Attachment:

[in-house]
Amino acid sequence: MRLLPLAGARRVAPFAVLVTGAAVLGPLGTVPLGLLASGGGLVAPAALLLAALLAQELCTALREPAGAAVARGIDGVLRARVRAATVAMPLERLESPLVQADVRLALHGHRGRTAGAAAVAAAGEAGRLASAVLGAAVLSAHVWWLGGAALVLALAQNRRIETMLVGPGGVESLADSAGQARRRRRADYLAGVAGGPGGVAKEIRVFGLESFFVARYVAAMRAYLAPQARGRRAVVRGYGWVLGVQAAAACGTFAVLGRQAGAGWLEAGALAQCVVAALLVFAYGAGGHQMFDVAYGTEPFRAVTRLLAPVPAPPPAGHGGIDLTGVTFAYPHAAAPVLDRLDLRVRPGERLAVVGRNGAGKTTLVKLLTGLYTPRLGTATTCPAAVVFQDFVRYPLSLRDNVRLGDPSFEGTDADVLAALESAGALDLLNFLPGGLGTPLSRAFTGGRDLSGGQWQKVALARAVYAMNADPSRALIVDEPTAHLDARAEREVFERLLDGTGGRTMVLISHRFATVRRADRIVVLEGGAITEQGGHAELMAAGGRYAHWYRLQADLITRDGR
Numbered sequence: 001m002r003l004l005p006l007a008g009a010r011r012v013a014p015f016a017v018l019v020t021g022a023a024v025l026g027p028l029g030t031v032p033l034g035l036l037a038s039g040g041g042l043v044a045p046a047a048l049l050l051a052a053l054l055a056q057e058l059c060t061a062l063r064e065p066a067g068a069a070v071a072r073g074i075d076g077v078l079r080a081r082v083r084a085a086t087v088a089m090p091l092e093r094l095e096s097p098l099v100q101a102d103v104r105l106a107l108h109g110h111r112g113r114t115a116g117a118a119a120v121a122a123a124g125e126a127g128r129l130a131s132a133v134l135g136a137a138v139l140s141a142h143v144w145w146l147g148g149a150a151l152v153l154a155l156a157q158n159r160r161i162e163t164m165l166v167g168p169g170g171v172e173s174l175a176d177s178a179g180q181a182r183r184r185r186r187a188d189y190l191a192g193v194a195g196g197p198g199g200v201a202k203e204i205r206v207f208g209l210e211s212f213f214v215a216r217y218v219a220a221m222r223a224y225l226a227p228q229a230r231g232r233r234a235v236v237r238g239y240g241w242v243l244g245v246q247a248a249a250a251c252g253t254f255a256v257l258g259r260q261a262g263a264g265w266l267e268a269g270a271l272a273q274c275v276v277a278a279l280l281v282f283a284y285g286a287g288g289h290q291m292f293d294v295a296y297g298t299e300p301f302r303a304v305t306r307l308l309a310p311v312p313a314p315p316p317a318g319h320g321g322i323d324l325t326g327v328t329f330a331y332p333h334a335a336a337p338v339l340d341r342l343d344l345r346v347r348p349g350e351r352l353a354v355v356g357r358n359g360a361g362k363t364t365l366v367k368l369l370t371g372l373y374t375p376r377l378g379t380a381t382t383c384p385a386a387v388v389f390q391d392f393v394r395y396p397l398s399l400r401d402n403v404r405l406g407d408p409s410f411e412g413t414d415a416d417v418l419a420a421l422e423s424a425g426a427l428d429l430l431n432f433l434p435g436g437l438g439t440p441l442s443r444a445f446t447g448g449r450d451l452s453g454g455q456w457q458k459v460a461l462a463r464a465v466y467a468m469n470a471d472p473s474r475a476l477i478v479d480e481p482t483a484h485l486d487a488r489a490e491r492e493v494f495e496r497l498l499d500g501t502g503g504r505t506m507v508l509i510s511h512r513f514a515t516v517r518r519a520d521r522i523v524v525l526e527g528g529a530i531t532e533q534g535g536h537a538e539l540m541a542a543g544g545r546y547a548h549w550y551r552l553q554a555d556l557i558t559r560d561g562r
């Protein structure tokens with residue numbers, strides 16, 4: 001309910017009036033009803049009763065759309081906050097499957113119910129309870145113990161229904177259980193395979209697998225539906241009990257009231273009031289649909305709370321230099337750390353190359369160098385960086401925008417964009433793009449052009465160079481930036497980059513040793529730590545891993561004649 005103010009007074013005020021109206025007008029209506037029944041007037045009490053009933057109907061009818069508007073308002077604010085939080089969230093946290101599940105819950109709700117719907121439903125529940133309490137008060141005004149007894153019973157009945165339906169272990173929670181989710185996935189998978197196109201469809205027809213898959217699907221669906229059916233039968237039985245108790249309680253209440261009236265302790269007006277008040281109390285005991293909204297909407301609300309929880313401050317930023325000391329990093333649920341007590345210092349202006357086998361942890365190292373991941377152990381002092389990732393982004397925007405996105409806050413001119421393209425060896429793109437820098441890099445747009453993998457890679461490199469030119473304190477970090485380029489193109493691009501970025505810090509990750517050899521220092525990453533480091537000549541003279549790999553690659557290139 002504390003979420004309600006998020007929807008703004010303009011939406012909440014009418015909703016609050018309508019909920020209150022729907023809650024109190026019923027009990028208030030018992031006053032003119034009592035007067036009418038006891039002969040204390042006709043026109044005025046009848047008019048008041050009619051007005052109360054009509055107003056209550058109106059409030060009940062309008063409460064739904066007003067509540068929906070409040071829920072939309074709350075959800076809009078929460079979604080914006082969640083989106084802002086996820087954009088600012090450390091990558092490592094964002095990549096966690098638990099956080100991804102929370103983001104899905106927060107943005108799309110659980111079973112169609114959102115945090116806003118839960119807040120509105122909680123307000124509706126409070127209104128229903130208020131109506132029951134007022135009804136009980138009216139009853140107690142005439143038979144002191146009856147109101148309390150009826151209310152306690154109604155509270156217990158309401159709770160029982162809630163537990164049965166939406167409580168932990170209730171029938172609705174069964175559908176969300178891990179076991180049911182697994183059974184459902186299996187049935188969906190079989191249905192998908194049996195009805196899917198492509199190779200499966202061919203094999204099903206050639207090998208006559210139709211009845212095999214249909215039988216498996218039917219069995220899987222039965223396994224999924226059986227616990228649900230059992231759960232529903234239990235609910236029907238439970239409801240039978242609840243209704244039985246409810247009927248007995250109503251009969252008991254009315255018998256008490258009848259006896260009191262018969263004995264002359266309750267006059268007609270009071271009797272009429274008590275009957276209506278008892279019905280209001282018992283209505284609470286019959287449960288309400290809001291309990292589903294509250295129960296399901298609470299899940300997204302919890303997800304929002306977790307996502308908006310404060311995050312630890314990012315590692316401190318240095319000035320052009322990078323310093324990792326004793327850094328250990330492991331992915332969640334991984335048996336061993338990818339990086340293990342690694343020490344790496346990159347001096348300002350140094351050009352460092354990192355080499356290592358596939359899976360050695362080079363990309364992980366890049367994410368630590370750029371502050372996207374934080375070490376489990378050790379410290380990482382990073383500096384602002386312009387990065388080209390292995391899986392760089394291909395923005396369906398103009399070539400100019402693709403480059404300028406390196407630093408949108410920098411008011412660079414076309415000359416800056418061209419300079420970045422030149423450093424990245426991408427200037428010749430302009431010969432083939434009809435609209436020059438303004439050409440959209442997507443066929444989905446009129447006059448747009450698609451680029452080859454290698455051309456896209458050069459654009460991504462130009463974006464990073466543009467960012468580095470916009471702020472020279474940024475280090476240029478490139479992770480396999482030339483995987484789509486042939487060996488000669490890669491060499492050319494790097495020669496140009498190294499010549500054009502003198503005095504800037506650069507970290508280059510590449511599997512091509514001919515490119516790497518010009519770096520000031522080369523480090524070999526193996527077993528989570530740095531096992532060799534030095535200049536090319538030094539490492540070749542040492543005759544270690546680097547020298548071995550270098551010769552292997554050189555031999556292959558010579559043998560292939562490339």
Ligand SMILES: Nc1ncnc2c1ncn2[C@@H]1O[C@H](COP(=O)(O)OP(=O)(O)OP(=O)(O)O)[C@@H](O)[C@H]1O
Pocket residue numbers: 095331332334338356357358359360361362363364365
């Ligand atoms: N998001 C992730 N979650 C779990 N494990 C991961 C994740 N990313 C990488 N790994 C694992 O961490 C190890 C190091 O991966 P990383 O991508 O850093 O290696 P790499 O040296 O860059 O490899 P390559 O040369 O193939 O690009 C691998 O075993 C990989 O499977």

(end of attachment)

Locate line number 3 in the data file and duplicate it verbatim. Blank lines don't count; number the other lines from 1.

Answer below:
Numbered sequence: 001m002r003l004l005p006l007a008g009a010r011r012v013a014p015f016a017v018l019v020t021g022a023a024v025l026g027p028l029g030t031v032p033l034g035l036l037a038s039g040g041g042l043v044a045p046a047a048l049l050l051a052a053l054l055a056q057e058l059c060t061a062l063r064e065p066a067g068a069a070v071a072r073g074i075d076g077v078l079r080a081r082v083r084a085a086t087v088a089m090p091l092e093r094l095e096s097p098l099v100q101a102d103v104r105l106a107l108h109g110h111r112g113r114t115a116g117a118a119a120v121a122a123a124g125e126a127g128r129l130a131s132a133v134l135g136a137a138v139l140s141a142h143v144w145w146l147g148g149a150a151l152v153l154a155l156a157q158n159r160r161i162e163t164m165l166v167g168p169g170g171v172e173s174l175a176d177s178a179g180q181a182r183r184r185r186r187a188d189y190l191a192g193v194a195g196g197p198g199g200v201a202k203e204i205r206v207f208g209l210e211s212f213f214v215a216r217y218v219a220a221m222r223a224y225l226a227p228q229a230r231g232r233r234a235v236v237r238g239y240g241w242v243l244g245v246q247a248a249a250a251c252g253t254f255a256v257l258g259r260q261a262g263a264g265w266l267e268a269g270a271l272a273q274c275v276v277a278a279l280l281v282f283a284y285g286a287g288g289h290q291m292f293d294v295a296y297g298t299e300p301f302r303a304v305t306r307l308l309a310p311v312p313a314p315p316p317a318g319h320g321g322i323d324l325t326g327v328t329f330a331y332p333h334a335a336a337p338v339l340d341r342l343d344l345r346v347r348p349g350e351r352l353a354v355v356g357r358n359g360a361g362k363t364t365l366v367k368l369l370t371g372l373y374t375p376r377l378g379t380a381t382t383c384p385a386a387v388v389f390q391d392f393v394r395y396p397l398s399l400r401d402n403v404r405l406g407d408p409s410f411e412g413t414d415a416d417v418l419a420a421l422e423s424a425g426a427l428d429l430l431n432f433l434p435g436g437l438g439t440p441l442s443r444a445f446t447g448g449r450d451l452s453g454g455q456w457q458k459v460a461l462a463r464a465v466y467a468m469n470a471d472p473s474r475a476l477i478v479d480e481p482t483a484h485l486d487a488r489a490e491r492e493v494f495e496r497l498l499d500g501t502g503g504r505t506m507v508l509i510s511h512r513f514a515t516v517r518r519a520d521r522i523v524v525l526e527g528g529a530i531t532e533q534g535g536h537a538e539l540m541a542a543g544g545r546y547a548h549w550y551r552l553q554a555d556l557i558t559r560d561g562r